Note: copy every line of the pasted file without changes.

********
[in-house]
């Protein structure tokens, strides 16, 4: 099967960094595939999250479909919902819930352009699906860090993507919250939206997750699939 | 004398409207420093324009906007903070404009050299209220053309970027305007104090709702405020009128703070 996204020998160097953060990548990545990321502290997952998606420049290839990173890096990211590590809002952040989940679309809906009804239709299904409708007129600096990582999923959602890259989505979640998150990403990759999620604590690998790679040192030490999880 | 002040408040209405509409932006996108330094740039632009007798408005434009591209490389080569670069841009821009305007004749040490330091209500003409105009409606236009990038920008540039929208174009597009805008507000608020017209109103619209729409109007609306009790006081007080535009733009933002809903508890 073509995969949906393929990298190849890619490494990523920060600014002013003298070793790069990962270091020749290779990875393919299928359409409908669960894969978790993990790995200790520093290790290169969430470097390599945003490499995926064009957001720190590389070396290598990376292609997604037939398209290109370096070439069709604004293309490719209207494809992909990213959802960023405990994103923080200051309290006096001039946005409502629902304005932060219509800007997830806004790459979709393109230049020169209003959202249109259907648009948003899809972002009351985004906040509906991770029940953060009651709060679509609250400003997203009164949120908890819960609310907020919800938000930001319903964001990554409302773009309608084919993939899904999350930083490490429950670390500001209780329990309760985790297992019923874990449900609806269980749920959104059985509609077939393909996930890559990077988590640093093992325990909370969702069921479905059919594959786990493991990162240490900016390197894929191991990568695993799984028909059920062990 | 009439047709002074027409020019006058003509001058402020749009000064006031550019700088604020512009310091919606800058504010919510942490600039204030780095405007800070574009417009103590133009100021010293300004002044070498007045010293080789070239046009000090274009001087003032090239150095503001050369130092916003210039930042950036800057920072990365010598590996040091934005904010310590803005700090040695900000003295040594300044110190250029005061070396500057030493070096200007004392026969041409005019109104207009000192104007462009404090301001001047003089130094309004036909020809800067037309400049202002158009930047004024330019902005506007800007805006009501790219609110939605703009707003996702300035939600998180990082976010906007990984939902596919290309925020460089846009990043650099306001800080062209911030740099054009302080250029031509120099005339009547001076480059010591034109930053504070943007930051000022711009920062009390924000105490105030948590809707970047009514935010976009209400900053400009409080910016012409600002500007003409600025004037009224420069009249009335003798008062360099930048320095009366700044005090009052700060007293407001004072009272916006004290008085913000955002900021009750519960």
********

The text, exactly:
[in-house]
């Protein structure tokens, strides 16, 4: 099967960094595939999250479909919902819930352009699906860090993507919250939206997750699939 | 004398409207420093324009906007903070404009050299209220053309970027305007104090709702405020009128703070 996204020998160097953060990548990545990321502290997952998606420049290839990173890096990211590590809002952040989940679309809906009804239709299904409708007129600096990582999923959602890259989505979640998150990403990759999620604590690998790679040192030490999880 | 002040408040209405509409932006996108330094740039632009007798408005434009591209490389080569670069841009821009305007004749040490330091209500003409105009409606236009990038920008540039929208174009597009805008507000608020017209109103619209729409109007609306009790006081007080535009733009933002809903508890 073509995969949906393929990298190849890619490494990523920060600014002013003298070793790069990962270091020749290779990875393919299928359409409908669960894969978790993990790995200790520093290790290169969430470097390599945003490499995926064009957001720190590389070396290598990376292609997604037939398209290109370096070439069709604004293309490719209207494809992909990213959802960023405990994103923080200051309290006096001039946005409502629902304005932060219509800007997830806004790459979709393109230049020169209003959202249109259907648009948003899809972002009351985004906040509906991770029940953060009651709060679509609250400003997203009164949120908890819960609310907020919800938000930001319903964001990554409302773009309608084919993939899904999350930083490490429950670390500001209780329990309760985790297992019923874990449900609806269980749920959104059985509609077939393909996930890559990077988590640093093992325990909370969702069921479905059919594959786990493991990162240490900016390197894929191991990568695993799984028909059920062990 | 009439047709002074027409020019006058003509001058402020749009000064006031550019700088604020512009310091919606800058504010919510942490600039204030780095405007800070574009417009103590133009100021010293300004002044070498007045010293080789070239046009000090274009001087003032090239150095503001050369130092916003210039930042950036800057920072990365010598590996040091934005904010310590803005700090040695900000003295040594300044110190250029005061070396500057030493070096200007004392026969041409005019109104207009000192104007462009404090301001001047003089130094309004036909020809800067037309400049202002158009930047004024330019902005506007800007805006009501790219609110939605703009707003996702300035939600998180990082976010906007990984939902596919290309925020460089846009990043650099306001800080062209911030740099054009302080250029031509120099005339009547001076480059010591034109930053504070943007930051000022711009920062009390924000105490105030948590809707970047009514935010976009209400900053400009409080910016012409600002500007003409600025004037009224420069009249009335003798008062360099930048320095009366700044005090009052700060007293407001004072009272916006004290008085913000955002900021009750519960």